Those pupils who struggle to keep up with the reading programme receive appropriate support from staff. This helps these pupils to catch up quickly with their peers. Staff ensure that pupils read books that match the letter sounds that they know.

This supports pupils to read with confidence and fluency. Pupils are exposed to a range of books and reading experiences from when they start in the Reception Year. Pupils enjoy hearing adults, including members of the community, read to them.

Leaders work effectively with parents so that they can be involved in sharing their children's reading experiences. Older pupils are keen to read books from the school library.

Pupils develop their talents in different ways.

For example, they regularly attend a range of after-school clubs such as rounders, football and gardening club. Pupils also enjoy trips and attending local events. They particularly enjoyed their visit to the zoo and taking part in Young Voices.

Pupils understand the importance of eating healthily and looking after their mental health. The school grounds and outdoor spaces support pupils' mental well-being. Pupils are also taught strategies to calm themselves down if they feel angry or frustrated.

That said, in some aspects of the curriculum that supports pupils' personal development, pupils' understanding is not fully secure. However, leaders are in the process of improving this area to help pupils to be better equipped for life in modern Britain.

There is a calm and orderly environment in lessons, in corridors and during playtime.

Pupils enjoy positive relationships with each other and with staff. Leaders provide effective support for any pupils who need help to improve their behaviour. Therefore, low-level disruption is rare.

Governors use their range of skills and expertise to fulfil their roles effectively. Although leaders have not fully realised their ambitions for the quality of education, they are very clear about what needs to be done. As a result, plans to further improve the quality of education are focused and realistic.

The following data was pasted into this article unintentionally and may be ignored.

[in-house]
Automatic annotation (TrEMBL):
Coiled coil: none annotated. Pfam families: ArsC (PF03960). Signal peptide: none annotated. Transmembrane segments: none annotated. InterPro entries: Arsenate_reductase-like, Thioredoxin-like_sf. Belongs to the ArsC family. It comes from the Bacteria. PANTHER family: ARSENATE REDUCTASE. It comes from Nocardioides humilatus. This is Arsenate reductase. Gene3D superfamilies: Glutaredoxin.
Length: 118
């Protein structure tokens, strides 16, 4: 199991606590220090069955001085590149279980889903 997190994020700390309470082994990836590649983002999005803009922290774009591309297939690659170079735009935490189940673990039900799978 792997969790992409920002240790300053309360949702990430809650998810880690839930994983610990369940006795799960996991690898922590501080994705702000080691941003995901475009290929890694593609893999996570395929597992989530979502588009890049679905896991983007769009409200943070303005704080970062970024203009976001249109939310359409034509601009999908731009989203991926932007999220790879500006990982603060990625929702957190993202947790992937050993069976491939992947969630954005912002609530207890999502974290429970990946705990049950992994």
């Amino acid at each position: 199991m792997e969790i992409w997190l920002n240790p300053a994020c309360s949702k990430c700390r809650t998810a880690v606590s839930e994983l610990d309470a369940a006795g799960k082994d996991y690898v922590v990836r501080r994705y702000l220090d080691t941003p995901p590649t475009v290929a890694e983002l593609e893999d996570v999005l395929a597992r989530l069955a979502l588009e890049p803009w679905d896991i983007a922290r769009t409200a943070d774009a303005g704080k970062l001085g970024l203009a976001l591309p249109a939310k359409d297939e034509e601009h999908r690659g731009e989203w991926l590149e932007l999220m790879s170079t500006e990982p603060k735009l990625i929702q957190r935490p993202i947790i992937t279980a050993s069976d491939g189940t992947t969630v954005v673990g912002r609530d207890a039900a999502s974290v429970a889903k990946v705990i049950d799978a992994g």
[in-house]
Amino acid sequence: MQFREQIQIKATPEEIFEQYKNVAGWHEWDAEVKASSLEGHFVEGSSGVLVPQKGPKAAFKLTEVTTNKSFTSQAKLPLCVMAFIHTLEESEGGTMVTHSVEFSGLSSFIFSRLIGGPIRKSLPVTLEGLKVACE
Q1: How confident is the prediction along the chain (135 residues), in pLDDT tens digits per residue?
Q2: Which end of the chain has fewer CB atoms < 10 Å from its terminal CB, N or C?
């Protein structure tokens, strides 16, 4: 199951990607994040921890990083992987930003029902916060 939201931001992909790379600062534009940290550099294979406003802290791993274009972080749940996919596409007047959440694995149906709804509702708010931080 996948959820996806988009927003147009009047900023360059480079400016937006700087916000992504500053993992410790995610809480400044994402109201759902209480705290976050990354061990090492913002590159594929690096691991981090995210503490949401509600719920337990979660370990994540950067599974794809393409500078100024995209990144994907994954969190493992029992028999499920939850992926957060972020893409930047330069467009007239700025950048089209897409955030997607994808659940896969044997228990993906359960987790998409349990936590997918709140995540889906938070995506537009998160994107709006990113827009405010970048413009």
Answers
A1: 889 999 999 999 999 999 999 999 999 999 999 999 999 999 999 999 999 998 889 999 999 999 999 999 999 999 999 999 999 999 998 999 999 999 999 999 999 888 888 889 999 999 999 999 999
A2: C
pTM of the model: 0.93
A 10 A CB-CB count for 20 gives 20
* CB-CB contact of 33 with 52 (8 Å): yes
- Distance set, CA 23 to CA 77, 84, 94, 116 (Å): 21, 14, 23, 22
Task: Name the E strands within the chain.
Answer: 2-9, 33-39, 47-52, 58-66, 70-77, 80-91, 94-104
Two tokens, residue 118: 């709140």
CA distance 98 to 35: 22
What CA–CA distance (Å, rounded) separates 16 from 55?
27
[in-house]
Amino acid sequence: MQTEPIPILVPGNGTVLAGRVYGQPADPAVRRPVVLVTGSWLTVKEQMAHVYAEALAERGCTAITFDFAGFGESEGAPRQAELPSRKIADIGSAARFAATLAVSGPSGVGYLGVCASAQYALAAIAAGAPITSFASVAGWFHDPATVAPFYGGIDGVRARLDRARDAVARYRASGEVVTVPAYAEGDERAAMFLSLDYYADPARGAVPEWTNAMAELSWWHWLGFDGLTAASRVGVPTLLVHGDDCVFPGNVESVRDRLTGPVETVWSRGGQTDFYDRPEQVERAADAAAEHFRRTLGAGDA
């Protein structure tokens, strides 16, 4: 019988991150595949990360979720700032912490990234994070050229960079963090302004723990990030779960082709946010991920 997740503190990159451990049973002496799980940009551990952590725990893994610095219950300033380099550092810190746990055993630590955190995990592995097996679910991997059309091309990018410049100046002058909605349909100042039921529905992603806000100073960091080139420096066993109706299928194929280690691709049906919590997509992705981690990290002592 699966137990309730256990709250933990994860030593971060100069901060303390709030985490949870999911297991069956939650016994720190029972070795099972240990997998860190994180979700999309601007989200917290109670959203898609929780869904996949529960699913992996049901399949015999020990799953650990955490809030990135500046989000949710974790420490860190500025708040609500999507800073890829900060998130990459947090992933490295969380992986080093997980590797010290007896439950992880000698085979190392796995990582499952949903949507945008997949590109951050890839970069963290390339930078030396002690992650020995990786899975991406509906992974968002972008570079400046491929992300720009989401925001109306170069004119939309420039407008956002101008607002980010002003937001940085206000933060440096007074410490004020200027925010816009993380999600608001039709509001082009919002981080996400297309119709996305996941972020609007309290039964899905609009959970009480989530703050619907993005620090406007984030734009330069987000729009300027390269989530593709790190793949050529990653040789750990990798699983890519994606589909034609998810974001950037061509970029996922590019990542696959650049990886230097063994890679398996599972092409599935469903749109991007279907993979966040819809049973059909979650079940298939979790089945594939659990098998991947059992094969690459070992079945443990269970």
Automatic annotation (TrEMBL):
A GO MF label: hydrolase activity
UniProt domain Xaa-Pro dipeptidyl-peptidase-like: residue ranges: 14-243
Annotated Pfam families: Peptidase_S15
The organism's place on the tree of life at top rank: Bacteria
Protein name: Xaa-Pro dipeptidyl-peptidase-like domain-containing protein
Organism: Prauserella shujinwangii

Leaders understand the extra workload that can be placed on staff in a small school. However, staff are well supported, and they enjoy working at the school.


The arrangements for safeguarding are effective.

Leaders have secure procedures in place to safeguard pupils. Staff receive regular safeguarding training and updates. Leaders ensure that all staff record and report any incidents promptly.

They work well with external agencies. This helps leaders to secure the support that some pupils and their families may need. Governors and leaders ensure that they make effective checks to ensure that adults are suitable to work with pupils.

Pupils learn how to keep themselves safe, including when they are using the internet. They learn about what to do if they are faced with potential risks

What does the school need to do to improve?

(Information for the school and appropriate authority)

• In most subjects, the curriculum is at the early stages of being implemented. Teachers have not received sufficient training to enable them to deliver these curriculums well across each of the year groups.

This hinders how well pupils learn new information. Leaders should make sure that they provide teachers with the training that they require to enable them to deliver the new curriculums consistently so that pupils achieve as well as they should. ? The checks that teachers make on pupils' learning do not identify gaps in pupils' knowledge sufficiently well.

This means that some pupils move through the curriculum with ongoing misconceptions in their learning. Leaders should ensure that teachers are equipped to use assessment strategies well so that pupils' learning is secure before they meet new concepts. ? The early years curriculum is not structured coherently.

This means that staff are unclear about what children need to learn and when this should be taught. This impacts how well children build their learning over time. Leaders should ensure that the curriculum in the early years sets out the important knowledge and vocabulary that children need to know and remember in readiness for their future learning.

  Compare to
nearby schools